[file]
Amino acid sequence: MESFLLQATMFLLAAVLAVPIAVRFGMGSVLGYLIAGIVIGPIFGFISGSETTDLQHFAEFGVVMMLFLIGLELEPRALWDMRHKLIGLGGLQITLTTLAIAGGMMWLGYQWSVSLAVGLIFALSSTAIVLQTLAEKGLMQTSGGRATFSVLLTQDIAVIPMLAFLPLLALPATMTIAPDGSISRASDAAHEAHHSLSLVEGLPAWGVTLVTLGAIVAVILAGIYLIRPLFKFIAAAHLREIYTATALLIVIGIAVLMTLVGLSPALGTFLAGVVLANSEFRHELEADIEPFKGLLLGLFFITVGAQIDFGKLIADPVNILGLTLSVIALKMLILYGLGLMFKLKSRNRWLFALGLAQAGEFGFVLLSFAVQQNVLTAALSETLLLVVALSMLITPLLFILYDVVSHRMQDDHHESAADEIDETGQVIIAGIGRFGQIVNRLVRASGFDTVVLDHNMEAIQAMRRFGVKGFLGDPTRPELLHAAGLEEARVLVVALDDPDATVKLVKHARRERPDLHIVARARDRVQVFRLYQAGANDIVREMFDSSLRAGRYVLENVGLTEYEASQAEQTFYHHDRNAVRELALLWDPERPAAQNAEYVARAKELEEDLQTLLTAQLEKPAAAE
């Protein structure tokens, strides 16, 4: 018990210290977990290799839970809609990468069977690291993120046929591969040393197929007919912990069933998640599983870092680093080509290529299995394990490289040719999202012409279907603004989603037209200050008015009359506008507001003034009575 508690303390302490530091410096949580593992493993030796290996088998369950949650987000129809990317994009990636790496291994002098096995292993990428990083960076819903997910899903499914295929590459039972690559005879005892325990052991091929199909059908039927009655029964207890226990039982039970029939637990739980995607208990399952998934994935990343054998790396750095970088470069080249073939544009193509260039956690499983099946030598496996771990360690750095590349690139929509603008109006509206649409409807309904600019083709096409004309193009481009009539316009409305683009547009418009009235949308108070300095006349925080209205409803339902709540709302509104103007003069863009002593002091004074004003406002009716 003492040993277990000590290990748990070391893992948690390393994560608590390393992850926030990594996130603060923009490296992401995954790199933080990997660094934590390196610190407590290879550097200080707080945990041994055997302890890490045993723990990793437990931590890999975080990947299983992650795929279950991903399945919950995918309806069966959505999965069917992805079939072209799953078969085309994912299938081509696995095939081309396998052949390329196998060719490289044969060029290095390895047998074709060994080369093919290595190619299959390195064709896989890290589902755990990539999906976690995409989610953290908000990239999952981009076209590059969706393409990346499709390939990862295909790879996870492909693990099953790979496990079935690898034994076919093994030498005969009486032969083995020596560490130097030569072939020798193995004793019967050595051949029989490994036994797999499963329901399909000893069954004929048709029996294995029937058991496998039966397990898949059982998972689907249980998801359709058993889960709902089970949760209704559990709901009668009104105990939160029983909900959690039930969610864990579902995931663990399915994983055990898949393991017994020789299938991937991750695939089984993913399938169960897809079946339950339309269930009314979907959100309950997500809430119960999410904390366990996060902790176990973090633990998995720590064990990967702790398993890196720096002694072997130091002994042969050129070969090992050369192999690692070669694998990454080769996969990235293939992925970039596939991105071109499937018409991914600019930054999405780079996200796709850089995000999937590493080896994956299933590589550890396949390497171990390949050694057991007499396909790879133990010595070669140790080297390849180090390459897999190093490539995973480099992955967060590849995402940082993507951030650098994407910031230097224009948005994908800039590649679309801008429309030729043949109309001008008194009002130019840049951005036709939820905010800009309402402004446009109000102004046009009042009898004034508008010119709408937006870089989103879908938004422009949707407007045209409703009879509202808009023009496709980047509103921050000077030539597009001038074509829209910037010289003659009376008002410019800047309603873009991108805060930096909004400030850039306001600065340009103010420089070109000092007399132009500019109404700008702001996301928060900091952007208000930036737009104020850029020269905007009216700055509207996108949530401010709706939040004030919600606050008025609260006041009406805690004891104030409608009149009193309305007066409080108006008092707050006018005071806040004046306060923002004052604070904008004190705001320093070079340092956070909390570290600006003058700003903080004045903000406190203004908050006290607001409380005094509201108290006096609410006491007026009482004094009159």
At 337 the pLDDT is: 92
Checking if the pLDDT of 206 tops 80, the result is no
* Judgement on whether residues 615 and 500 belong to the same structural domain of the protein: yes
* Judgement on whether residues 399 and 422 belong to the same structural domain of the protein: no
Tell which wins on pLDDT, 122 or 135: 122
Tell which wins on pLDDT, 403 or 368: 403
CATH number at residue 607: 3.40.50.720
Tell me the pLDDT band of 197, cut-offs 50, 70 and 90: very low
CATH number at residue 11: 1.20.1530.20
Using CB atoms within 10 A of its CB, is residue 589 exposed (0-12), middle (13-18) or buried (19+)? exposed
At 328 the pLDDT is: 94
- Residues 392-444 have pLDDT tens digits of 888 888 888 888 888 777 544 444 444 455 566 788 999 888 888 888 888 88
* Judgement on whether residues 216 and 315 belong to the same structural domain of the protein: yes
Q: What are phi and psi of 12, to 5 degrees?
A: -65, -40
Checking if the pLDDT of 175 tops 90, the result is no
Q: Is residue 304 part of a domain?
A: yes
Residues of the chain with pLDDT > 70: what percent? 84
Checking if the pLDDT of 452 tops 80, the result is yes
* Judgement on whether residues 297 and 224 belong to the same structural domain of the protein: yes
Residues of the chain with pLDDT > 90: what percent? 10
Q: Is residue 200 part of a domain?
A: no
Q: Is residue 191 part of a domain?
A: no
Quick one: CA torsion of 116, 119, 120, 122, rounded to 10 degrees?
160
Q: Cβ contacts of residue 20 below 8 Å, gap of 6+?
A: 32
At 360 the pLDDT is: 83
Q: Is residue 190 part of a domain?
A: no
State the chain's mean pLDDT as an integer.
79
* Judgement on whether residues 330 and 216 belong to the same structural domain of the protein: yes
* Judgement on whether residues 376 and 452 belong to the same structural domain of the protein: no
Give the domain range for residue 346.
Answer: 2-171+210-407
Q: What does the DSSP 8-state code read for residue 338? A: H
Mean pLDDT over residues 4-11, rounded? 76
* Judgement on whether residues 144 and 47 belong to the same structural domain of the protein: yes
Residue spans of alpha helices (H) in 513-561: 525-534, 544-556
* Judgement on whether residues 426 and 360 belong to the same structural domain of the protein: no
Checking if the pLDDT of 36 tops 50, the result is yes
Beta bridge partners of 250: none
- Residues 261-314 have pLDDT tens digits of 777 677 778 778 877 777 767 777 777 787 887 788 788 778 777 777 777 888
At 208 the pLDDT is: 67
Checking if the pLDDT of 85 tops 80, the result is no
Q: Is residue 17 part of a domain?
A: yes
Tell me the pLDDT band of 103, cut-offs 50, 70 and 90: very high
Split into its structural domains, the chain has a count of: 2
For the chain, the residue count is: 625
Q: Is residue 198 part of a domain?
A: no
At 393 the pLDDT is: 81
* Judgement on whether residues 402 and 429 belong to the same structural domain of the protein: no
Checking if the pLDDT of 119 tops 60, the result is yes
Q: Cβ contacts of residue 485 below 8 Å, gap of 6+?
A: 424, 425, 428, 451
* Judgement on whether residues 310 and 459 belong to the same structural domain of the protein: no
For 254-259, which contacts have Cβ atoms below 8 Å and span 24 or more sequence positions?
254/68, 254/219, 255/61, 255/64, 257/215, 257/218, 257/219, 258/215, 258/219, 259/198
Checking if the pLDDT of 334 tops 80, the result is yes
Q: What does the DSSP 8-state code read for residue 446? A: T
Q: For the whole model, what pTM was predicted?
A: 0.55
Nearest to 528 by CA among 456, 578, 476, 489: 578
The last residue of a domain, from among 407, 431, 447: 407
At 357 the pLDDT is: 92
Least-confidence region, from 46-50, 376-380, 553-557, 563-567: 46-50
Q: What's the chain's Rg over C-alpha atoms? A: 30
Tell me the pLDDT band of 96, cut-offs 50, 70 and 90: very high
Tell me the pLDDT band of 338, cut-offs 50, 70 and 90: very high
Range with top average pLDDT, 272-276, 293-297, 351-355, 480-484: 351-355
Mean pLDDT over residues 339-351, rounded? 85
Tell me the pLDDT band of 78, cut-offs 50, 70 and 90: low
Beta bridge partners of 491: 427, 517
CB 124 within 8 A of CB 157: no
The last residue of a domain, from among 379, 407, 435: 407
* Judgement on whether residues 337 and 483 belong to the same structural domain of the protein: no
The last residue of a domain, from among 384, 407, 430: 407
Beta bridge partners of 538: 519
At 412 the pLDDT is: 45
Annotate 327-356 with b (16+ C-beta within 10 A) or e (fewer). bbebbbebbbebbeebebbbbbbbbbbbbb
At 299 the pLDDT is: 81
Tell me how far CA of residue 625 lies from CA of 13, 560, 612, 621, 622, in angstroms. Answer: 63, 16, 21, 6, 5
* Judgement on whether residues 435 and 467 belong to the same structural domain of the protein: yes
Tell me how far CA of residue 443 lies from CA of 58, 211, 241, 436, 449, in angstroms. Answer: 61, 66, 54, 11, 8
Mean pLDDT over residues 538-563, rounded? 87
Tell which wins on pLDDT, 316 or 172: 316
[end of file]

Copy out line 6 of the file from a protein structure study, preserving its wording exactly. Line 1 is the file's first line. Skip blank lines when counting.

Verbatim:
* Judgement on whether residues 399 and 422 belong to the same structural domain of the protein: no